Samuel Adams:

If ye love wealth better than liberty, the tranquility of servitude than the animated contest of freedom — go home from us in peace. We ask not your counsels or arms. Crouch down and lick the hands which feed you. May your chains sit lightly upon you, and may posterity forget that you were our countrymen!

Speech, State House of Pennsylvania, August 1, 1776.

David O McKay:

Above all else, strive to support good and conscientious candidates of either party who are aware of the great dangers inherent in communism, and who are truly dedicated to the Constitution in the tradition of our founding fathers. They should also pledge their sincere fealty to our way of liberty – a liberty which aims at the preservation of both personal and property rights. Study the issues, analyze the candidates on these grounds, and then exercise your franchise as free men and women. Never be found guilty of exchanging your birthright for a mess of pottage!

October 1962 General Conference

Ezra Taft Benson:

There is a God in Heaven who is the sovereign power of the universe, and we are His literal offspring. He has endowed us with inalienable rights, among which are life, liberty, and the pursuit of happiness. This He has implanted in the human breast. This is why men cannot be driven indefinitely or led by despotic rulers to intellectual or physical slavery and bondage. Fear and despotism may rule for a generation or two or three, but in time the human spirit rebels, the spirit of liberty manifests itself, and its tyrannous hand is overthrown. Yes, as the offspring of God, we share a common paternity that makes us literally brothers, and thus a common destiny. When this truth sinks into the human heart, men demand their rights-life, liberty, and happiness. It is as the Apostle Paul told the Corinthians, “Where the Spirit of the Lord is, there is liberty” (2 Corinthians 3:17)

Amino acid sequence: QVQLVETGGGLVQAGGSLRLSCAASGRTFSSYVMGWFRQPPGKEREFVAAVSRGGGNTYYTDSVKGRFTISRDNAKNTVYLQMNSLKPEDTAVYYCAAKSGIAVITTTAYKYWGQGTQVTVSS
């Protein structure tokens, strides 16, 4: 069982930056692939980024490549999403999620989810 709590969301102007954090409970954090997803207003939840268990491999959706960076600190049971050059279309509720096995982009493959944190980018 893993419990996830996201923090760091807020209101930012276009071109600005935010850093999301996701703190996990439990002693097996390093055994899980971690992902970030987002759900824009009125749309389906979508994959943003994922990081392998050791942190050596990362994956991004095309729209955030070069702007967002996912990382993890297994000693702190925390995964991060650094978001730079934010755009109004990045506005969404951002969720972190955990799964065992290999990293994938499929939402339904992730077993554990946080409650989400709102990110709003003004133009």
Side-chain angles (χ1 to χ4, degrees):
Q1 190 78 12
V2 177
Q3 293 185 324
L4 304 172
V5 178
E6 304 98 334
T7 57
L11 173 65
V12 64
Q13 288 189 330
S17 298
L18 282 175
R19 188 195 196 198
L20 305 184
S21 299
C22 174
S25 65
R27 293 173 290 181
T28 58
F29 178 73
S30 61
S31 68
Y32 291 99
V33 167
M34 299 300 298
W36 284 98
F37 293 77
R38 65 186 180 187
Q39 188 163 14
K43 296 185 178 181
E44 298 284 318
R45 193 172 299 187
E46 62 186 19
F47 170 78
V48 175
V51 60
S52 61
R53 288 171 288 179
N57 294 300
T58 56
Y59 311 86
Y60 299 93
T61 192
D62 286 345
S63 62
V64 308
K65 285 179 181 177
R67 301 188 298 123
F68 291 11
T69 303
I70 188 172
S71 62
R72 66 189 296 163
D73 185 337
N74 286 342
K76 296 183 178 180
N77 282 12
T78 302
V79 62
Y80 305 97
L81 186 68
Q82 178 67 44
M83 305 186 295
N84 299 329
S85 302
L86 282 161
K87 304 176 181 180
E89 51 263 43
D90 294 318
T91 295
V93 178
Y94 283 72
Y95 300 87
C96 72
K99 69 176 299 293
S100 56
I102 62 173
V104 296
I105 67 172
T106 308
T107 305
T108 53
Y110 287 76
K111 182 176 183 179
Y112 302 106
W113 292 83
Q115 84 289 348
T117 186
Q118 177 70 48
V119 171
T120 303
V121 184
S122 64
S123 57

This Nation Shall Endure, p. 69.

Jack Monnett:

According to President Benson, freedom is the major underlying theme of the Book of Mormon. If we read the scriptures but do not recognize this theme, we have missed a giant part of its specific message to our dispensation.

Awakening to our Awful Situation, p. 5

Marion G. Romney: